As with gunpowder and noodles, Asia got to the novel first. In eleventh-century Japan, Shikibu, a thirty-three-year-old widow and mother, became an attendant to Empress Akiko, who had heard the tales of the era so often that she had become bored beyond reason and asked for fresh entertainment. Shikibu soon got to work, and after fifty-four chapters of mini sagas, she had written The Tale of Genji. Newly translated by Royall Tyler, Shikibu's novel concerns the title character--a favorite member of the emperor's court--and his several wives and mistresses. Shikibu follows Genji and observes such seemingly modern literary topics as the underbelly of marriage and courtship, sexual jealousy and family dysfunction. "In the end," says Tyler of the novel that many consider to be the world's first, "one feels as though one has looked through a small but very clear window into a spacious world. …

The rest of this article is only available to active members of Questia

Already a member? Log in now.

Notes for this article

Add a new note
If you are trying to select text to create highlights or citations, remember that you must now click or tap on the first word, and then click or tap on the last word.
One moment ...
Default project is now your active project.
Project items

Items saved from this article

This article has been saved
Highlights (0)
Some of your highlights are legacy items.

Highlights saved before July 30, 2012 will not be displayed on their respective source pages.

You can easily re-create the highlights by opening the book page or article, selecting the text, and clicking “Highlight.”

Citations (0)
Some of your citations are legacy items.

Any citation created before July 30, 2012 will labeled as a “Cited page.” New citations will be saved as cited passages, pages or articles.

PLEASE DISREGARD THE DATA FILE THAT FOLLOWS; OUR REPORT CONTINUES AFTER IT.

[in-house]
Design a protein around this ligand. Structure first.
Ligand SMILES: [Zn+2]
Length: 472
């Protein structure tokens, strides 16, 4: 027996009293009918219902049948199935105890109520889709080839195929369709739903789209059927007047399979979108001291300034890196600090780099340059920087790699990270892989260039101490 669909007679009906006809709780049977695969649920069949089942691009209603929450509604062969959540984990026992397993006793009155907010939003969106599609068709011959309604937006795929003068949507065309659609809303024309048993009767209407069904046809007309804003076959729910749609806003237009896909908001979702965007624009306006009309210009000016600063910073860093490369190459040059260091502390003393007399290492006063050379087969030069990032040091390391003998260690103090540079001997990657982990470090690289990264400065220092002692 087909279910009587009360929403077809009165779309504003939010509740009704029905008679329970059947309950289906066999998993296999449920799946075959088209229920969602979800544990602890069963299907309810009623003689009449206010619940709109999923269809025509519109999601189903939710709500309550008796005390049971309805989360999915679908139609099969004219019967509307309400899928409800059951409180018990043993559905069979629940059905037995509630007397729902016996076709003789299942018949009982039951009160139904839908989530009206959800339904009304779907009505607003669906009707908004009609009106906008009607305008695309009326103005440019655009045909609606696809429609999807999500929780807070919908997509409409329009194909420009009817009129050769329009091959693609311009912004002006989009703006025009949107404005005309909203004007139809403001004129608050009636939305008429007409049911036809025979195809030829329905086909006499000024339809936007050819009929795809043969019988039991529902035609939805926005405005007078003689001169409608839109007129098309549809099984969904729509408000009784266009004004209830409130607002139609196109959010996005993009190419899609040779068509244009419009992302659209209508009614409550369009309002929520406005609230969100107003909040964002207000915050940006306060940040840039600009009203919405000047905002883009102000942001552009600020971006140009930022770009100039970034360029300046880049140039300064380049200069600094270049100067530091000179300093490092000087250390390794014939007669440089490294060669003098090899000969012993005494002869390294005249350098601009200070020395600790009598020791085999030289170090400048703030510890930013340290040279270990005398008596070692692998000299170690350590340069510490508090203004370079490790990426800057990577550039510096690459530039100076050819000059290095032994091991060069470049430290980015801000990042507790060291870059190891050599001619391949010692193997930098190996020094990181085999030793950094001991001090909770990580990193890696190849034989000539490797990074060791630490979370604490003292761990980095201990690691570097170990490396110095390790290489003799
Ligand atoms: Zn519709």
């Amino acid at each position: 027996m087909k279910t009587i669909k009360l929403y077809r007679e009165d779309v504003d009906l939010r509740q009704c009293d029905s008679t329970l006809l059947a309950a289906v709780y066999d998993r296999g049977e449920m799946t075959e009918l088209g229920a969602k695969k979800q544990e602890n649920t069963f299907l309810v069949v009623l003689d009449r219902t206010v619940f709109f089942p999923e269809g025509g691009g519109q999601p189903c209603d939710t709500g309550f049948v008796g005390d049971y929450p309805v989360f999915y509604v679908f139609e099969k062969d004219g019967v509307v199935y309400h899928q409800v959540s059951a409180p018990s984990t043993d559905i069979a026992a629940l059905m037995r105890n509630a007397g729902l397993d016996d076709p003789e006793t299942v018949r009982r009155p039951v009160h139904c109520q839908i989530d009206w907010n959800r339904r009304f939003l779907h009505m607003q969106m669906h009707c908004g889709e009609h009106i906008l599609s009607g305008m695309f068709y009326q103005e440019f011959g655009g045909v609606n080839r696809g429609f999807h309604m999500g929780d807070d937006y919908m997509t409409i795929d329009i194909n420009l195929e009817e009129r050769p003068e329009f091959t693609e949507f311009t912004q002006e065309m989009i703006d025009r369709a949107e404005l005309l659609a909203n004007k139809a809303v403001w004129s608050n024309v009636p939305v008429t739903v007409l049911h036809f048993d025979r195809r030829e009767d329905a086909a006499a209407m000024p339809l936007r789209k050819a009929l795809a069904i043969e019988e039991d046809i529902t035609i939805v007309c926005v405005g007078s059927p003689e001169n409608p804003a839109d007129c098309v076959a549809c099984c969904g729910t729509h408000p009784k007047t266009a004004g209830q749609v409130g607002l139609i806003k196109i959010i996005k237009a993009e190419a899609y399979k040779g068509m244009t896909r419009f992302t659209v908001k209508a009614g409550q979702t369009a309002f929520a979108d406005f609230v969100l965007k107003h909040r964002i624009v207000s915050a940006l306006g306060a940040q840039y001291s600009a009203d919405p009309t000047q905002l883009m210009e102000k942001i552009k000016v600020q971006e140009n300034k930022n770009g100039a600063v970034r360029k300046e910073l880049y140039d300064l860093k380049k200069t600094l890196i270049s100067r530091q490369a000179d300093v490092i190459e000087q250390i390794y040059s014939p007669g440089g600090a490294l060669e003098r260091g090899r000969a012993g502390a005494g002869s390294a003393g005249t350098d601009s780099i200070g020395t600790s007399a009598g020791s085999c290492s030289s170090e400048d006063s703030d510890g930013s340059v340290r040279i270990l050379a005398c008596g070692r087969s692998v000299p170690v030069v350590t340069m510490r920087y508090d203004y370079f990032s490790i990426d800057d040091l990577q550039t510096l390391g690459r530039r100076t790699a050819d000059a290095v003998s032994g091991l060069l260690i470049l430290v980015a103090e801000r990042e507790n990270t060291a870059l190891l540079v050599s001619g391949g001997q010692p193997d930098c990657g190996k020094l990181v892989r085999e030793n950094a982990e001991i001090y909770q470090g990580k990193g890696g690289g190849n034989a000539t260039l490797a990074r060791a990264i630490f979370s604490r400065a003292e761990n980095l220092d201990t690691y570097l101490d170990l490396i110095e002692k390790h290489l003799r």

We also added the ability to view new citations from your projects or the book or article where you created them.

Notes (0)
Bookmarks (0)

You have no saved items from this article

Project items include:
  • Saved book/article
  • Highlights
  • Quotes/citations
  • Notes
  • Bookmarks
Notes
Cite this article

Cited article

Style
Citations are available only to our active members.
Buy instant access to cite pages or passages in MLA, APA and Chicago citation styles.

(Einhorn, 1992, p. 25)

(Einhorn 25)

1. Lois J. Einhorn, Abraham Lincoln, the Orator: Penetrating the Lincoln Legend (Westport, CT: Greenwood Press, 1992), 25, http://www.questia.com/read/27419298.

Cited article

Authors of Invention: The Amazing Men and Women Who Changed the Way Writers Write and Readers Read
Settings

Settings

Typeface
Text size Smaller Larger Reset View mode
Search within

Search within this article

Look up

Look up a word

  • Dictionary
  • Thesaurus
Please submit a word or phrase above.
Print this page

Print this page

Why can't I print more than one page at a time?

Help
Full screen

matching results for page

    Questia reader help

    How to highlight and cite specific passages

    1. Click or tap the first word you want to select.
    2. Click or tap the last word you want to select, and you’ll see everything in between get selected.
    3. You’ll then get a menu of options like creating a highlight or a citation from that passage of text.

    OK, got it!

    Cited passage

    Style
    Citations are available only to our active members.
    Buy instant access to cite pages or passages in MLA, APA and Chicago citation styles.

    "Portraying himself as an honest, ordinary person helped Lincoln identify with his audiences." (Einhorn, 1992, p. 25).

    "Portraying himself as an honest, ordinary person helped Lincoln identify with his audiences." (Einhorn 25)

    "Portraying himself as an honest, ordinary person helped Lincoln identify with his audiences."1

    1. Lois J. Einhorn, Abraham Lincoln, the Orator: Penetrating the Lincoln Legend (Westport, CT: Greenwood Press, 1992), 25, http://www.questia.com/read/27419298.

    Cited passage

    Thanks for trying Questia!

    Please continue trying out our research tools, but please note, full functionality is available only to our active members.

    Your work will be lost once you leave this Web page.

    Buy instant access to save your work.

    Already a member? Log in now.

    Oops!

    An unknown error has occurred. Please click the button below to reload the page. If the problem persists, please try again in a little while.